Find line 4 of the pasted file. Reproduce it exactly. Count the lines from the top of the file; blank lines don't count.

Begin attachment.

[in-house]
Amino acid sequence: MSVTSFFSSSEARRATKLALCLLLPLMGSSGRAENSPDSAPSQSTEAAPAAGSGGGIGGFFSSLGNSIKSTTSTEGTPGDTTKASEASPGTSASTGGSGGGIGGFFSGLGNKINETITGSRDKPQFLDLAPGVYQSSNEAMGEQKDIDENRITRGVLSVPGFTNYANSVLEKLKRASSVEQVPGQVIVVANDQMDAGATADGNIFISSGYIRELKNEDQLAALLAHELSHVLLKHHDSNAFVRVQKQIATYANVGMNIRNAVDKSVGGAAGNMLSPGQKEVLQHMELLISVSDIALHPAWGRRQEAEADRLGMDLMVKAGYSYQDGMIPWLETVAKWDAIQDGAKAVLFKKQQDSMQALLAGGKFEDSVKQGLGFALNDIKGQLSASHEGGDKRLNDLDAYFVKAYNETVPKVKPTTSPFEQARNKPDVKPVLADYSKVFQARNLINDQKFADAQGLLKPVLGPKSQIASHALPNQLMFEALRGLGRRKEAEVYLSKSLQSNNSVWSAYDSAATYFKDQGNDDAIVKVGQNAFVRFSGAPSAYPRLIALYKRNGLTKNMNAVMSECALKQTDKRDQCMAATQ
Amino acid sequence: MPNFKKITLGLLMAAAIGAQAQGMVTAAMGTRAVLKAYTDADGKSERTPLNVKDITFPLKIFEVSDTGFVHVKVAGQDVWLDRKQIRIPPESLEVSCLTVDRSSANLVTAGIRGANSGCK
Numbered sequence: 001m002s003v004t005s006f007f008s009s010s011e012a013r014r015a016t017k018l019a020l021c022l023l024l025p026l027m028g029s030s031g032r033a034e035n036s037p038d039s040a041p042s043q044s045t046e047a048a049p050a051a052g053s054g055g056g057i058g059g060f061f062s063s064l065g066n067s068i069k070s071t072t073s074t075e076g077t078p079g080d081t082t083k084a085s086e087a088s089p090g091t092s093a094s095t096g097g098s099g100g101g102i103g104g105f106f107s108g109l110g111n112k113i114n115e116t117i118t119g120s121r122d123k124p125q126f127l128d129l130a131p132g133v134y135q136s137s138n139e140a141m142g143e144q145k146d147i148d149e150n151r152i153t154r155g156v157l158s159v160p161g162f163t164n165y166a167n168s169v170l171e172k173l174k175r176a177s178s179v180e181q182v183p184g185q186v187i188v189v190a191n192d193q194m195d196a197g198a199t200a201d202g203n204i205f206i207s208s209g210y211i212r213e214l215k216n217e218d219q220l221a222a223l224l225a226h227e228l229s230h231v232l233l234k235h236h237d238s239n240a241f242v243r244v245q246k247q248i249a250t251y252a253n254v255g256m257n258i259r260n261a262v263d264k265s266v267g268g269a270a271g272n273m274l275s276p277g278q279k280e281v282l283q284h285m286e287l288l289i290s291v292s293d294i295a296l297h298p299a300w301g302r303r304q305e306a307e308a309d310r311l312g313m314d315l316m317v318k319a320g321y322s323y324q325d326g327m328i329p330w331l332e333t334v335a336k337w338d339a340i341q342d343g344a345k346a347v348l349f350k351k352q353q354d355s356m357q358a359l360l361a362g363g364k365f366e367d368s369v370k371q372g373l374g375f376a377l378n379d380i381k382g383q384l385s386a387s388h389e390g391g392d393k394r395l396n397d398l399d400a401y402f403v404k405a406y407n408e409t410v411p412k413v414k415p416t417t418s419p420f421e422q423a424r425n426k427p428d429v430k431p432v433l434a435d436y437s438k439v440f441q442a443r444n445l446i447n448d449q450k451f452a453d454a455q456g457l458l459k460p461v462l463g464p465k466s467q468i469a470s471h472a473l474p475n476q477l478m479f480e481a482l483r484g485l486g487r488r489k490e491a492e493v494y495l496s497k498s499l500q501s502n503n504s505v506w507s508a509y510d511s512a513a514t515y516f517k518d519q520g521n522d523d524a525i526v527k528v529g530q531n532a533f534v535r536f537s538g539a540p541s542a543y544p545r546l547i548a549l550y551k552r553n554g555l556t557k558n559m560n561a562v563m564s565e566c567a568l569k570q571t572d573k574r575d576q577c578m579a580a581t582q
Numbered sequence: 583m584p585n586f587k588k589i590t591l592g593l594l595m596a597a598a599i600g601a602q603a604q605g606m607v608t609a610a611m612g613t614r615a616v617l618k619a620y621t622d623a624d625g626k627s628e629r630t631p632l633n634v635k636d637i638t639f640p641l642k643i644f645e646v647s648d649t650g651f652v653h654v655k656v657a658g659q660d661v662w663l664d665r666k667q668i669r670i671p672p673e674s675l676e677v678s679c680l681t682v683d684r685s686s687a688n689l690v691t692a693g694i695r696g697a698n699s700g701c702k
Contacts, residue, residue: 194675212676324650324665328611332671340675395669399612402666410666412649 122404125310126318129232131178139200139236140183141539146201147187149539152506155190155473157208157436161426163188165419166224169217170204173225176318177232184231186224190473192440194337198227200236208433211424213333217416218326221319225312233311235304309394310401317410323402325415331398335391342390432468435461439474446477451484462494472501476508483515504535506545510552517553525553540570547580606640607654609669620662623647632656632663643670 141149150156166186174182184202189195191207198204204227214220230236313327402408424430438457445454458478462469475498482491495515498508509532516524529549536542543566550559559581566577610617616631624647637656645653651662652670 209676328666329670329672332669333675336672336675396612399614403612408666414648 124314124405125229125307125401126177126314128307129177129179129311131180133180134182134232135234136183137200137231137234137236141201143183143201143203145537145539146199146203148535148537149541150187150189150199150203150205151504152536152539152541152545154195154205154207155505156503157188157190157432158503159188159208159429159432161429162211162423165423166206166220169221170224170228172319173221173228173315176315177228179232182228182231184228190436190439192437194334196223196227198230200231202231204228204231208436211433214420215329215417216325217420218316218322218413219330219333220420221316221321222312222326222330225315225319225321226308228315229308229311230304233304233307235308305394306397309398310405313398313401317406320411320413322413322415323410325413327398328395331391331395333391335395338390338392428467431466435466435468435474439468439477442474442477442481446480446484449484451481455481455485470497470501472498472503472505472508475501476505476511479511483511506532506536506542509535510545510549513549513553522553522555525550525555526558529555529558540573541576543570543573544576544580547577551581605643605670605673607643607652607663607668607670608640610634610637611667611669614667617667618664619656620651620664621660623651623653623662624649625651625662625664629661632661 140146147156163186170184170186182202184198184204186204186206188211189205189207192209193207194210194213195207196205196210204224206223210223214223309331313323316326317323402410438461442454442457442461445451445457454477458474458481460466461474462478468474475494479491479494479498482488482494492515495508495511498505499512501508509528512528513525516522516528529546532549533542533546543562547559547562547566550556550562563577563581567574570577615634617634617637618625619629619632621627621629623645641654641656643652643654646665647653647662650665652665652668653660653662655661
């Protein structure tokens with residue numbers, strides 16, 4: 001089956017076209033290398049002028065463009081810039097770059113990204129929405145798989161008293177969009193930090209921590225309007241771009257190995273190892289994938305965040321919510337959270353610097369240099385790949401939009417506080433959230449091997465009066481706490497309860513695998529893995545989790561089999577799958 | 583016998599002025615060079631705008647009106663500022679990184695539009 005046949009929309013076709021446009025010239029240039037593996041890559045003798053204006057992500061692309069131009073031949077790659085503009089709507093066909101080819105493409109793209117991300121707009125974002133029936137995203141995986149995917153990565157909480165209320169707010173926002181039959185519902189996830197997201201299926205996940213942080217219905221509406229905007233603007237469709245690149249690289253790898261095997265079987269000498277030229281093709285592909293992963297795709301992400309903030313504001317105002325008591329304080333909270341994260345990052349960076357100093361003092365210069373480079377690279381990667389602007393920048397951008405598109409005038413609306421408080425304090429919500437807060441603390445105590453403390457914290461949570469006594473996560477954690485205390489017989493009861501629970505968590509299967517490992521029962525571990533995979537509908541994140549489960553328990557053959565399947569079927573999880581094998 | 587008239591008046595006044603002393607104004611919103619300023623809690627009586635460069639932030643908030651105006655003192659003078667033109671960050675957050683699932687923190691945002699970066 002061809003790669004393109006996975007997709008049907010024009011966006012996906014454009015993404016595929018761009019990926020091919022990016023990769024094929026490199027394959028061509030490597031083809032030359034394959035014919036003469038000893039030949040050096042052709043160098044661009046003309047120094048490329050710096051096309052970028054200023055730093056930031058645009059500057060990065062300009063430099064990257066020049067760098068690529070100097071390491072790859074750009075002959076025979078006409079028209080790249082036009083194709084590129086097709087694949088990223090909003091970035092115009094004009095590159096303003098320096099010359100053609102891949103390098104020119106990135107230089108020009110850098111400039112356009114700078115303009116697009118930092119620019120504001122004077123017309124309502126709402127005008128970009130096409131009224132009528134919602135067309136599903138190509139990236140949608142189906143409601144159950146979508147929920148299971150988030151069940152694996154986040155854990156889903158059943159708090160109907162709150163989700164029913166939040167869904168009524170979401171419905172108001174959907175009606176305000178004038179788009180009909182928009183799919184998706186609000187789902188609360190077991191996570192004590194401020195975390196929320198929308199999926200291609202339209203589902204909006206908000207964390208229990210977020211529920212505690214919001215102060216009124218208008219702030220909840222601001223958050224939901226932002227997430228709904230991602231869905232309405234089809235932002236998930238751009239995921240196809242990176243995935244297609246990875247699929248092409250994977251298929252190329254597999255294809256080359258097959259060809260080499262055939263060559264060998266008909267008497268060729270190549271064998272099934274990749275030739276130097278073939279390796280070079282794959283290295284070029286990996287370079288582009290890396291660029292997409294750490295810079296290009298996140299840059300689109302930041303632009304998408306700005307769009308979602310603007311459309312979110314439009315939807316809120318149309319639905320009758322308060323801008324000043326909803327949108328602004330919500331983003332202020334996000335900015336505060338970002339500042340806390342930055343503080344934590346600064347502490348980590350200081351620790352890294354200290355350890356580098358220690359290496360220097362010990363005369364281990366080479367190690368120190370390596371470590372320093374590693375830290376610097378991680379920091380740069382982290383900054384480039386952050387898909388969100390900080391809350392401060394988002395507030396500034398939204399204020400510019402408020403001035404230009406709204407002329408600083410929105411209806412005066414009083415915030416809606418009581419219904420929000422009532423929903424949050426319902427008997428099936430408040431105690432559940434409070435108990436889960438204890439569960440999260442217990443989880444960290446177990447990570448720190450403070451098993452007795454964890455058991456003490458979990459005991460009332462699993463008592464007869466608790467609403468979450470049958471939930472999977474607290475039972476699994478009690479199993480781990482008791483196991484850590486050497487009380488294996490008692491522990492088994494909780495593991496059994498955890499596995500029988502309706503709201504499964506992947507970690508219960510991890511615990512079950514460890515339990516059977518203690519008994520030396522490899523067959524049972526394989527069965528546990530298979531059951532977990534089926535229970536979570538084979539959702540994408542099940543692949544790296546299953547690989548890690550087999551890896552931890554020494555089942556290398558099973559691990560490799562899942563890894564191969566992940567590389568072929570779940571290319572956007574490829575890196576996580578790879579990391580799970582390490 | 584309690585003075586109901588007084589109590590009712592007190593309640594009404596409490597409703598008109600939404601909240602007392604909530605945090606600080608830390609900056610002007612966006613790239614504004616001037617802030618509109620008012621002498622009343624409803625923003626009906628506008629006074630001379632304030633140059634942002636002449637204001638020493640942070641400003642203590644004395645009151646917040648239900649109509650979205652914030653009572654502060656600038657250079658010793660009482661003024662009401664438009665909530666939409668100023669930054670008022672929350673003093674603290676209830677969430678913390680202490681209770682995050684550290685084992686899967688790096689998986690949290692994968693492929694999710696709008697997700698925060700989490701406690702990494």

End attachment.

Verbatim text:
Numbered sequence: 001m002s003v004t005s006f007f008s009s010s011e012a013r014r015a016t017k018l019a020l021c022l023l024l025p026l027m028g029s030s031g032r033a034e035n036s037p038d039s040a041p042s043q044s045t046e047a048a049p050a051a052g053s054g055g056g057i058g059g060f061f062s063s064l065g066n067s068i069k070s071t072t073s074t075e076g077t078p079g080d081t082t083k084a085s086e087a088s089p090g091t092s093a094s095t096g097g098s099g100g101g102i103g104g105f106f107s108g109l110g111n112k113i114n115e116t117i118t119g120s121r122d123k124p125q126f127l128d129l130a131p132g133v134y135q136s137s138n139e140a141m142g143e144q145k146d147i148d149e150n151r152i153t154r155g156v157l158s159v160p161g162f163t164n165y166a167n168s169v170l171e172k173l174k175r176a177s178s179v180e181q182v183p184g185q186v187i188v189v190a191n192d193q194m195d196a197g198a199t200a201d202g203n204i205f206i207s208s209g210y211i212r213e214l215k216n217e218d219q220l221a222a223l224l225a226h227e228l229s230h231v232l233l234k235h236h237d238s239n240a241f242v243r244v245q246k247q248i249a250t251y252a253n254v255g256m257n258i259r260n261a262v263d264k265s266v267g268g269a270a271g272n273m274l275s276p277g278q279k280e281v282l283q284h285m286e287l288l289i290s291v292s293d294i295a296l297h298p299a300w301g302r303r304q305e306a307e308a309d310r311l312g313m314d315l316m317v318k319a320g321y322s323y324q325d326g327m328i329p330w331l332e333t334v335a336k337w338d339a340i341q342d343g344a345k346a347v348l349f350k351k352q353q354d355s356m357q358a359l360l361a362g363g364k365f366e367d368s369v370k371q372g373l374g375f376a377l378n379d380i381k382g383q384l385s386a387s388h389e390g391g392d393k394r395l396n397d398l399d400a401y402f403v404k405a406y407n408e409t410v411p412k413v414k415p416t417t418s419p420f421e422q423a424r425n426k427p428d429v430k431p432v433l434a435d436y437s438k439v440f441q442a443r444n445l446i447n448d449q450k451f452a453d454a455q456g457l458l459k460p461v462l463g464p465k466s467q468i469a470s471h472a473l474p475n476q477l478m479f480e481a482l483r484g485l486g487r488r489k490e491a492e493v494y495l496s497k498s499l500q501s502n503n504s505v506w507s508a509y510d511s512a513a514t515y516f517k518d519q520g521n522d523d524a525i526v527k528v529g530q531n532a533f534v535r536f537s538g539a540p541s542a543y544p545r546l547i548a549l550y551k552r553n554g555l556t557k558n559m560n561a562v563m564s565e566c567a568l569k570q571t572d573k574r575d576q577c578m579a580a581t582q